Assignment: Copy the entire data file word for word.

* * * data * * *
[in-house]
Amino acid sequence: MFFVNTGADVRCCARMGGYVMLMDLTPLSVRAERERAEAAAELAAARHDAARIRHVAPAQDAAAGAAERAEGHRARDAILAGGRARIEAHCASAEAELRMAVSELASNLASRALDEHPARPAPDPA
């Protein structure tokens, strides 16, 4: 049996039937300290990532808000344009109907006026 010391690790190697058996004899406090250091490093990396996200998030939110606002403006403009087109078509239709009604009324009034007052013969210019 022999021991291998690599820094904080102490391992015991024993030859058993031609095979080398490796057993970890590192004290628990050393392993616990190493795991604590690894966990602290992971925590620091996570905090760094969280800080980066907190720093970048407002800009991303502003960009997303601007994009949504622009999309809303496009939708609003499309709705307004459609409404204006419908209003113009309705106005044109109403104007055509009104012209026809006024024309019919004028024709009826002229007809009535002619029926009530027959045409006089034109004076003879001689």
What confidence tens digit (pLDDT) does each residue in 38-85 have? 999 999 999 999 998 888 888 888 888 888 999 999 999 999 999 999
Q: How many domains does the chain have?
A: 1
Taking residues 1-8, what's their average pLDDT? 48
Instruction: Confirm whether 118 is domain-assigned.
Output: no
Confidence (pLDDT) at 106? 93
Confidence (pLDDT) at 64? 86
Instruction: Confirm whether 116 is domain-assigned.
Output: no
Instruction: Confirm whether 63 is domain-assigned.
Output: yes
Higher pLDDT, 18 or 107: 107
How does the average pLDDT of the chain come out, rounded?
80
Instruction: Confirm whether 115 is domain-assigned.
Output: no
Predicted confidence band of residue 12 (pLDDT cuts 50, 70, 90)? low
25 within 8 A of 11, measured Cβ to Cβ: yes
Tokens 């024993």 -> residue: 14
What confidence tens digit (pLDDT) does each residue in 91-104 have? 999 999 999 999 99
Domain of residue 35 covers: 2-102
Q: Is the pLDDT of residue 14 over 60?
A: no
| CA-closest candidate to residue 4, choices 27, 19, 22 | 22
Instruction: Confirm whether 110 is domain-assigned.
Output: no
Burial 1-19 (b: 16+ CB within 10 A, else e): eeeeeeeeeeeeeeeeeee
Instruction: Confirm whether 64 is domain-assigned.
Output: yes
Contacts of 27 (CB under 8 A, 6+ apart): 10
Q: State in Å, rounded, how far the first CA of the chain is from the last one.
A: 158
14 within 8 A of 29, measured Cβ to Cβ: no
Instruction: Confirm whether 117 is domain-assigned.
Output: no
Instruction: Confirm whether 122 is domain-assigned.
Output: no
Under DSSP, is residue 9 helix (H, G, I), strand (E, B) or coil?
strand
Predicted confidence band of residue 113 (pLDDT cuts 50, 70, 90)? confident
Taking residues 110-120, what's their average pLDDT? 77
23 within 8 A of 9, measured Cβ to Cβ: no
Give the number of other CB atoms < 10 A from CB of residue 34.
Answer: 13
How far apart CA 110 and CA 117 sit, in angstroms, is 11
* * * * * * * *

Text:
[in-house]
Amino acid sequence: MFFVNTGADVRCCARMGGYVMLMDLTPLSVRAERERAEAAAELAAARHDAARIRHVAPAQDAAAGAAERAEGHRARDAILAGGRARIEAHCASAEAELRMAVSELASNLASRALDEHPARPAPDPA
């Protein structure tokens, strides 16, 4: 049996039937300290990532808000344009109907006026 010391690790190697058996004899406090250091490093990396996200998030939110606002403006403009087109078509239709009604009324009034007052013969210019 022999021991291998690599820094904080102490391992015991024993030859058993031609095979080398490796057993970890590192004290628990050393392993616990190493795991604590690894966990602290992971925590620091996570905090760094969280800080980066907190720093970048407002800009991303502003960009997303601007994009949504622009999309809303496009939708609003499309709705307004459609409404204006419908209003113009309705106005044109109403104007055509009104012209026809006024024309019919004028024709009826002229007809009535002619029926009530027959045409006089034109004076003879001689």
What confidence tens digit (pLDDT) does each residue in 38-85 have? 999 999 999 999 998 888 888 888 888 888 999 999 999 999 999 999
Q: How many domains does the chain have?
A: 1
Taking residues 1-8, what's their average pLDDT? 48
Instruction: Confirm whether 118 is domain-assigned.
Output: no
Confidence (pLDDT) at 106? 93
Confidence (pLDDT) at 64? 86
Instruction: Confirm whether 116 is domain-assigned.
Output: no
Instruction: Confirm whether 63 is domain-assigned.
Output: yes
Higher pLDDT, 18 or 107: 107
How does the average pLDDT of the chain come out, rounded?
80
Instruction: Confirm whether 115 is domain-assigned.
Output: no
Predicted confidence band of residue 12 (pLDDT cuts 50, 70, 90)? low
25 within 8 A of 11, measured Cβ to Cβ: yes
Tokens 């024993």 -> residue: 14
What confidence tens digit (pLDDT) does each residue in 91-104 have? 999 999 999 999 99
Domain of residue 35 covers: 2-102
Q: Is the pLDDT of residue 14 over 60?
A: no
| CA-closest candidate to residue 4, choices 27, 19, 22 | 22
Instruction: Confirm whether 110 is domain-assigned.
Output: no
Burial 1-19 (b: 16+ CB within 10 A, else e): eeeeeeeeeeeeeeeeeee
Instruction: Confirm whether 64 is domain-assigned.
Output: yes
Contacts of 27 (CB under 8 A, 6+ apart): 10
Q: State in Å, rounded, how far the first CA of the chain is from the last one.
A: 158
14 within 8 A of 29, measured Cβ to Cβ: no
Instruction: Confirm whether 117 is domain-assigned.
Output: no
Instruction: Confirm whether 122 is domain-assigned.
Output: no
Under DSSP, is residue 9 helix (H, G, I), strand (E, B) or coil?
strand
Predicted confidence band of residue 113 (pLDDT cuts 50, 70, 90)? confident
Taking residues 110-120, what's their average pLDDT? 77
23 within 8 A of 9, measured Cβ to Cβ: no
Give the number of other CB atoms < 10 A from CB of residue 34.
Answer: 13
How far apart CA 110 and CA 117 sit, in angstroms, is 11